Welcome to Driving in Thailand
On these "Driving in Thailand" pages you will find clear and
comprehensive information on the Thai traffic laws, the Thai driving rules & regulations, the license requirements in Thailand, thai
road signs and street markings, traffic lights and signals on the thai roads,
right of way situations, local law enforcement, their language skills and their expectations,
as well as information about speeding- and other tickets, traffic violations like DUI,
international driving licences, the number of accidents and much more.
Driving a car or motorcycle in Thailand:
Traffic in Thailand drives on the left side of the road.
Most drivers are well mannered, almost polite, be it up to a certain level. You will hardly ever hear a car honking and anger is never displayed. Despite this, traffic is rather hectic in and around busy Bangkok where calm driving is not really appreciated.
On many rural roads or even in Bangkok's small alleys, you will find motorcycles, cars and occasionally your 12 wheel trucks maneuvering against (one way) traffic. This situation is complicated by the fact that many of Bangkok's roads change their one-way direction at certain hours of the day and by the fact that every new governor of Bangkok has a new traffic plan to solve the city's traffic jams. Every such plan involves changing the flow of traffic, which causes one way roads to suddenly run in the opposite directions or the number of lanes being reduced from, in extreme cases, eight to one. Regular roads may become bus lanes overnight, which then causes thousands of drivers to exit from the incorrect ramps on the expressway, thus clogging up traffic worse than before. Usually this last for a few months, after which the government changes or they governor realizes that the problems can not be solved and then things go back to normal. Several computer traffic control systems have been tested of even installed, but none of them seem to resolve the situation. It has been whispered that the local traffic constables are very uncooperative when it comes to these systems that could make their employ obsolete. Some companies may even mention the word "sabotage", when asked about the failure of their traffic control system.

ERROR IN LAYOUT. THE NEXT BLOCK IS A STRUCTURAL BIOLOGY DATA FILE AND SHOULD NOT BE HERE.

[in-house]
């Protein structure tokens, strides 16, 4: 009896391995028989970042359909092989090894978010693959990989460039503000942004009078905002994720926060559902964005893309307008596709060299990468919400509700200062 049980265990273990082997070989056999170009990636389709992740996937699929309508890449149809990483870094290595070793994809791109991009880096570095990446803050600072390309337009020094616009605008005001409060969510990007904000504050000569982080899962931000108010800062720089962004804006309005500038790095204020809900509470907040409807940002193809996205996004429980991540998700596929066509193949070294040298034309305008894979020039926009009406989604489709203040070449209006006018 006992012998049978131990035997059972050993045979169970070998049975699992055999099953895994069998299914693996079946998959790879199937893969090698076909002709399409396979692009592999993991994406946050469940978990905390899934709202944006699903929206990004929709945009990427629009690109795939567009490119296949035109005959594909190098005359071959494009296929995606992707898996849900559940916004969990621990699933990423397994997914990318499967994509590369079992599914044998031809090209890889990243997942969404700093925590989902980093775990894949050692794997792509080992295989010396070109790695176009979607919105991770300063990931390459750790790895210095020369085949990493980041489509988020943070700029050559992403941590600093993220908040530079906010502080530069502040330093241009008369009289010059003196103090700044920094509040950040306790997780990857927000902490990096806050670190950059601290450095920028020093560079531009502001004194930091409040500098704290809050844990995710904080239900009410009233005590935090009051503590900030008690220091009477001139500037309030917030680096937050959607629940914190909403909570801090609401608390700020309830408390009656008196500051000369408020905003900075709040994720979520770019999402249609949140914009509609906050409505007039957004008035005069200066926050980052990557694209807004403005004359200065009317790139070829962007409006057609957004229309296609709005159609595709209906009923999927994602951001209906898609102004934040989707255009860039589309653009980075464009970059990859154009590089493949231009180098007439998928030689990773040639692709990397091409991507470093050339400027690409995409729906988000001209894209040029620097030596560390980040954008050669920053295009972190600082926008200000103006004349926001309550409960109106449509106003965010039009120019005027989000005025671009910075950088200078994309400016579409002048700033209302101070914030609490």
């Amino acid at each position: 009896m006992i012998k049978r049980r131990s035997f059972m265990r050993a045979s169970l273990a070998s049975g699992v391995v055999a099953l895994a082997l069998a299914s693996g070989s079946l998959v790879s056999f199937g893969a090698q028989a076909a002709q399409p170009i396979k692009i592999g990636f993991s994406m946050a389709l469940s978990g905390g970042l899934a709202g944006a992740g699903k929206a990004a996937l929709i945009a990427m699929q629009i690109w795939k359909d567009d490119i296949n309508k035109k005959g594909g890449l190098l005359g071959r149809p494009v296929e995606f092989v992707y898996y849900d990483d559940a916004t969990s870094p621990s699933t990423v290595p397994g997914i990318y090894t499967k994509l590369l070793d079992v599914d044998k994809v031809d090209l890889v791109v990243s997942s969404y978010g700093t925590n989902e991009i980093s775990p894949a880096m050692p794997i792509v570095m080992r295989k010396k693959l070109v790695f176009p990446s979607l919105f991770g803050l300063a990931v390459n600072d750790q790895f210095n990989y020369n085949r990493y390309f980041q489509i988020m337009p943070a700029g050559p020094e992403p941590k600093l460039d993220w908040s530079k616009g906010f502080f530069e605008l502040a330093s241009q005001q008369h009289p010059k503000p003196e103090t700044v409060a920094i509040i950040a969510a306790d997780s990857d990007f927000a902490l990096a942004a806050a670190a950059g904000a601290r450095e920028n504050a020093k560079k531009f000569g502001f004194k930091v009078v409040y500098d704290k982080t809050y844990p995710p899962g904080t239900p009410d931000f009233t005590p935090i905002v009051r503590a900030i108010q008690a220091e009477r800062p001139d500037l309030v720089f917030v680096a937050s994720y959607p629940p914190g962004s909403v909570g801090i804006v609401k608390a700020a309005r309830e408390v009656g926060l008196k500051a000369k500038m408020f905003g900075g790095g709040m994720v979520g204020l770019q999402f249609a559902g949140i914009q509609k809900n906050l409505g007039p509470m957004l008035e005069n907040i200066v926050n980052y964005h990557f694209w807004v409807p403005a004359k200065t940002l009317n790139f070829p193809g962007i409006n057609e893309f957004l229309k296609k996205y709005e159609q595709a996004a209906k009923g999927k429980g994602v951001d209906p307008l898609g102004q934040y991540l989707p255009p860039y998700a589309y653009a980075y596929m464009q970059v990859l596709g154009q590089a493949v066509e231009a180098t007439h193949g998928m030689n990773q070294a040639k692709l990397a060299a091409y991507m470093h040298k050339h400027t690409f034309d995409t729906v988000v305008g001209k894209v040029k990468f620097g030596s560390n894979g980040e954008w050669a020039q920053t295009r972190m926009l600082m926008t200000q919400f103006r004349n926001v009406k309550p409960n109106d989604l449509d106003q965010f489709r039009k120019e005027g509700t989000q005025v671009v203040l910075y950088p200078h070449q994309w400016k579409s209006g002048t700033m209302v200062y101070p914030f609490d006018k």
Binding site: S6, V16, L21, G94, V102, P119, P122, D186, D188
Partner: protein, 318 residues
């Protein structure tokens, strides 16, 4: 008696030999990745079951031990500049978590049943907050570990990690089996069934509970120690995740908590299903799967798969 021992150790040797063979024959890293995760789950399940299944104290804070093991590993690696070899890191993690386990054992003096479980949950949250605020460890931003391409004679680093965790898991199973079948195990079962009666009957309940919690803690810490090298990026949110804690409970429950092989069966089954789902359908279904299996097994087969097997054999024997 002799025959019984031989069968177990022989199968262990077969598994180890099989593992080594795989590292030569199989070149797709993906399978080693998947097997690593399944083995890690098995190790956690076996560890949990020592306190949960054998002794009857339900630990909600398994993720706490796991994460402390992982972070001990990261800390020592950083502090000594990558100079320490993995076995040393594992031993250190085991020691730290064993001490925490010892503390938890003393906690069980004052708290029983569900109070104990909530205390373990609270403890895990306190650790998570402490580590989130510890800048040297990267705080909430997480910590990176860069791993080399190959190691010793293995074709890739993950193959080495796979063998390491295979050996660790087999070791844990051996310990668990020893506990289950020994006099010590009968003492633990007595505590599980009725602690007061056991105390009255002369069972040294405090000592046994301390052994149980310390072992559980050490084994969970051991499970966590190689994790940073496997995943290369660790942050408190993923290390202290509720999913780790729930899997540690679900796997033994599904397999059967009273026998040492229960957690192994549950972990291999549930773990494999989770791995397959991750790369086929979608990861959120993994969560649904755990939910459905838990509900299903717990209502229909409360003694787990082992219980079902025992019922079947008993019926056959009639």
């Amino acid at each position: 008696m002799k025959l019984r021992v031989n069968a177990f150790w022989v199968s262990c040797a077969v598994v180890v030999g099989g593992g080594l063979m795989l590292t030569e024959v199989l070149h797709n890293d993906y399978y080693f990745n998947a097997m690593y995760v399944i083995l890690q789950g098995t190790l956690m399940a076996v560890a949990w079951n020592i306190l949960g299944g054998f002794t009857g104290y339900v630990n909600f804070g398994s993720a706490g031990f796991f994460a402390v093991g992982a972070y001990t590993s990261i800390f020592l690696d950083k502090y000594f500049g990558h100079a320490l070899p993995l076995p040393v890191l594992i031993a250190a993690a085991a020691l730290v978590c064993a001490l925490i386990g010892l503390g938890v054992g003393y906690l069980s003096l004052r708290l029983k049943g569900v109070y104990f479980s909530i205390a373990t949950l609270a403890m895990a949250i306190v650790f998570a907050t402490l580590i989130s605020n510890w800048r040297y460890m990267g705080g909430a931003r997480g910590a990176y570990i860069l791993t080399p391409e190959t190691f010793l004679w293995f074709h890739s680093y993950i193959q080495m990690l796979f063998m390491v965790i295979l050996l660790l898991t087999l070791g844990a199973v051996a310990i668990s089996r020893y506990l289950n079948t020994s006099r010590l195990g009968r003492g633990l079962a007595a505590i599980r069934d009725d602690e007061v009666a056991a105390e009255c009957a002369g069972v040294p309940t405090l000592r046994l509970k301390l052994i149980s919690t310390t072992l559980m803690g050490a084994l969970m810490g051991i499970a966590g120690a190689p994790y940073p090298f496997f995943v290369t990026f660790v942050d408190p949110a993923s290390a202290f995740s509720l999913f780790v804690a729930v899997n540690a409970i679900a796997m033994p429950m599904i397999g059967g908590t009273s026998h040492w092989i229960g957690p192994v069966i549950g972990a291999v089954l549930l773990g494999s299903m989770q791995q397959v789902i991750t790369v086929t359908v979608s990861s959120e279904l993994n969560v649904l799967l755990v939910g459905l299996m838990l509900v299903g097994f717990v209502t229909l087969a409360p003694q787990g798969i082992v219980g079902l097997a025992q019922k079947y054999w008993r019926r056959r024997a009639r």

Driving around Thailand's country side at night is considered to be extremely hazardous, especially on holidays and long weekends. There are no tachographs installed and although drunk driving is being addressed, the situation is far from safe. Many cars have broken, or no lights at all and public busses like to race one another through steep hills and around dangerous curves, supposedly just to stay awake. Low wages, too many daytime checkpoints and very tight schedules for truck- and bus drivers guarantee that all of the main roads and highways have 24 hours rescue teams on stand by and that most of those need to head out to big accidents every single night.
It was just a few years ago when it was possible to purchase a driving licence without passing any test whatsoever and a lot of the licensed drivers from that period have failed to gain sufficient experience to drive safely and are still out there...